May 29, 2005

Smokin' too much Fowler

In my mail on 27 May, from Neal Goldfarb (of the Tighe Patton Armstrong Teasdale law firm in Washington DC), a pointer to a most remarkable (and disturbing) claim in a 2003 Supreme Court Review article (Of "This" and "That" in Lawrence v Texas, 55 Sup. Ct. Rev. 75) by Mary Ann Case.  Examining the following sentence from the Court's October 2002 decision invalidating Texas's anti-sodomy law --

(1)  The Texas statute furthers no legitimate state interest which can justify its intrusions into the personal and private life of the individual.

Case maintains that it is ambiguous as to whether the relative clause in which is restrictive or non-restrictive.  That is, she maintains that (1) has an interpretation as in

(2)  The Texas statute furthers no legitimate state interest, which can justify its intrusions into the personal and private life of the individual.

which, according to her, entails

(3)  The Texas statute furthers no legitimate state interest.

She appeals to the authority of "strict grammarians" (citing, yes, Fowler), maintaining that "a classically trained grammarian" would in fact say that (1) was interpreted as in (2).  It's that pesky That Rule again, last discussed in Language Log here.

Case is "blinded by the rules", applying something she was presumably once taught, rather than using her own knowledge of the language.  Sentence (1) is not ambiguous in the relevant respect; it has only a restrictive interpretation.  Indeed, the purported paraphrase in (2) is ungrammatical, for reasons that are well understood.  Case has been smokin' way too much Fowler.

How remarkable that two topics of great concern to me — the modern advice literature on English grammar and usage, in particular the That Rule, and the politics of homosexuality, in particular the regulation of sodomy (between consenting adults in private) — should come together this way.  But how sad that a fundamental misunderstanding about the grammar of English should have made its way into the Supreme Court Review.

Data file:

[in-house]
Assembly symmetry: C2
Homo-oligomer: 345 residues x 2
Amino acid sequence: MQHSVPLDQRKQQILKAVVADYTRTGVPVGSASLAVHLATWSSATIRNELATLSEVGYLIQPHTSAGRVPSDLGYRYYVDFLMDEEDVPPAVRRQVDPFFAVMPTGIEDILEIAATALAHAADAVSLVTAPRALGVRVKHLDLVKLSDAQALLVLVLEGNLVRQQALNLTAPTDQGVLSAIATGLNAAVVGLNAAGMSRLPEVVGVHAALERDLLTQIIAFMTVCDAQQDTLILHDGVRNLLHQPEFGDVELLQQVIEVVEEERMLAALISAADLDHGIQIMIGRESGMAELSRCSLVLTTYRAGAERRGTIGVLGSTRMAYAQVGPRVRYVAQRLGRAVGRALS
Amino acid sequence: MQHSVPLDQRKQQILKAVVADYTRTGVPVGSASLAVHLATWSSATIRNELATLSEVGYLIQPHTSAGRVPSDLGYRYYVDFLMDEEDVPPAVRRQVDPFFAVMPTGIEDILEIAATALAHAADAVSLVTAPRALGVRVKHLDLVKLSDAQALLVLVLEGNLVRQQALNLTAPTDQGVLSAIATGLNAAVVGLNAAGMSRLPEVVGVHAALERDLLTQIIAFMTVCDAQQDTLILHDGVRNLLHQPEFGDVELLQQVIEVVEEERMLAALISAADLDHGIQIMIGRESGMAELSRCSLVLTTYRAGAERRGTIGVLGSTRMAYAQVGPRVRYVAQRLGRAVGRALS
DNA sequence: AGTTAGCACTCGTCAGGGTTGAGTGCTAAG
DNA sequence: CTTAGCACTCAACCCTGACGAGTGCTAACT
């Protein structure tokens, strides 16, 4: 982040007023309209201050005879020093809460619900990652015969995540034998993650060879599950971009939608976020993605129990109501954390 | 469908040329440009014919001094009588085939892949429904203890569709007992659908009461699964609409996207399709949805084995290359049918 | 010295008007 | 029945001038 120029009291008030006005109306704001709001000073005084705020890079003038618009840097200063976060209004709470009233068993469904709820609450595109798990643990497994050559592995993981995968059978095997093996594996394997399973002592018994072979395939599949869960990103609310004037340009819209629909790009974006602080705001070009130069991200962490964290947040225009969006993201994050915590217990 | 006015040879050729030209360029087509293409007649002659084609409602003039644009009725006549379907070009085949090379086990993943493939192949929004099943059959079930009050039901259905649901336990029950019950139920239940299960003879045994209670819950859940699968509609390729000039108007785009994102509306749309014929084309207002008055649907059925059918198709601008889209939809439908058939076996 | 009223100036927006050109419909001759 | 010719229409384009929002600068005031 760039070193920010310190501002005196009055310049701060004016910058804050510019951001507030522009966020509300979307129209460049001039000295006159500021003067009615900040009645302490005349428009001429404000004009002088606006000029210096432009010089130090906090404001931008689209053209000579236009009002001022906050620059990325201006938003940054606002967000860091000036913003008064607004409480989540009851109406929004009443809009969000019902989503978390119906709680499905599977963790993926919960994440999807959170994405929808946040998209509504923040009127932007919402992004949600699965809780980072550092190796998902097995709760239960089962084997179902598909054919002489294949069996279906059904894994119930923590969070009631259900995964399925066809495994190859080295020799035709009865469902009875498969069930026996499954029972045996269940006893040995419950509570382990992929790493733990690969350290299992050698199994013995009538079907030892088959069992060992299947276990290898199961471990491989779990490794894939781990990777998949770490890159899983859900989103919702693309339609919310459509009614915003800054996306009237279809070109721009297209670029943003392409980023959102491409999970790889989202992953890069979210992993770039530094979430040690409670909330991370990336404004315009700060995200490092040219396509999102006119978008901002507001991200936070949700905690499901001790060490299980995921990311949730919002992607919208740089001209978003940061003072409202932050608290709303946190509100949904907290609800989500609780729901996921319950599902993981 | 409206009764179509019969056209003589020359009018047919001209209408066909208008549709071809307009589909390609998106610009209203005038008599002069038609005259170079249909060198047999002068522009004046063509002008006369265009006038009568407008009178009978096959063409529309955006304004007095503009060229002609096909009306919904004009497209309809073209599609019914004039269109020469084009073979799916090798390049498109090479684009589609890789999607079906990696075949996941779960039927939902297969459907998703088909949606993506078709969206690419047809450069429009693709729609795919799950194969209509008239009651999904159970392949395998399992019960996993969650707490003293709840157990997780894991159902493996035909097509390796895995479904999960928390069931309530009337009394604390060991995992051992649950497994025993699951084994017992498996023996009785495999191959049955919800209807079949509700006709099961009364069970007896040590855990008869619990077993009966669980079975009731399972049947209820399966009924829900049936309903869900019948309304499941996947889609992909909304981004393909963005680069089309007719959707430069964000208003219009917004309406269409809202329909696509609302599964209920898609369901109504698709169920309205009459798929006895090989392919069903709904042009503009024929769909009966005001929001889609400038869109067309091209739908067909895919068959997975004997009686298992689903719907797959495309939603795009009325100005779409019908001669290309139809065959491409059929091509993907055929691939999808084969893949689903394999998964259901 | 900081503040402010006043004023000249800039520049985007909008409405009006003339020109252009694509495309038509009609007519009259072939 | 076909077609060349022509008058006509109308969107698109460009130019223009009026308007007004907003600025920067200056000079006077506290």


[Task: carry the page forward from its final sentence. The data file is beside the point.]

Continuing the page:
Case's claim in her article is that the majority opinion in Lawrence v Texas (written by Justice Kennedy) exhibits a considerable degree of unclarity, in part because of "ambiguity of referents".  Sentence (1) is just part of the web of unclarity she sees.  In more detail:

At least for strict grammarians, perhaps the most significant "that" in the entire majority opinion is the one that isn't there, in the sentence dissenting Justice Scalia describes as the opinion's "actual holding:"  "The Texas statute furthers no legitimate state interest which can justify its intrusions into the personal and private life of the individual." Note, the majority says "which can justify ..." rather than "that can justify...." A classically trained grammarian would observe that this should signal the majority's intention for the clause to be a non-restrictive rather than a restrictive one (or, as Fowler puts it "non-defining" rather than "defining"). "Non-restrictive clauses are parenthetic.... A non-restrictive clause is one that does not serve to identify or define the antecedent noun."  Thus, if the majority opinion is careful about its grammar, the question of whether the opinion applies heightened or rational basis scrutiny can be answered by noting that, technically, the sentence can be shortened to "The Texas statute furthers no legitimate state interest" without altering its meaning.  In other words, the statute fails the lowest level of scrutiny; no heightened scrutiny is required. Had the sentence continued with "that" rather than "which," it could correctly have been read to suggest instead that, while the Texas statute did "further a legitimate state interest," the interest was not one "that can justify its intrusion into the personal and private lives of individuals"; in other words, the majority would have been acknowledging a need to apply heightened scrutiny.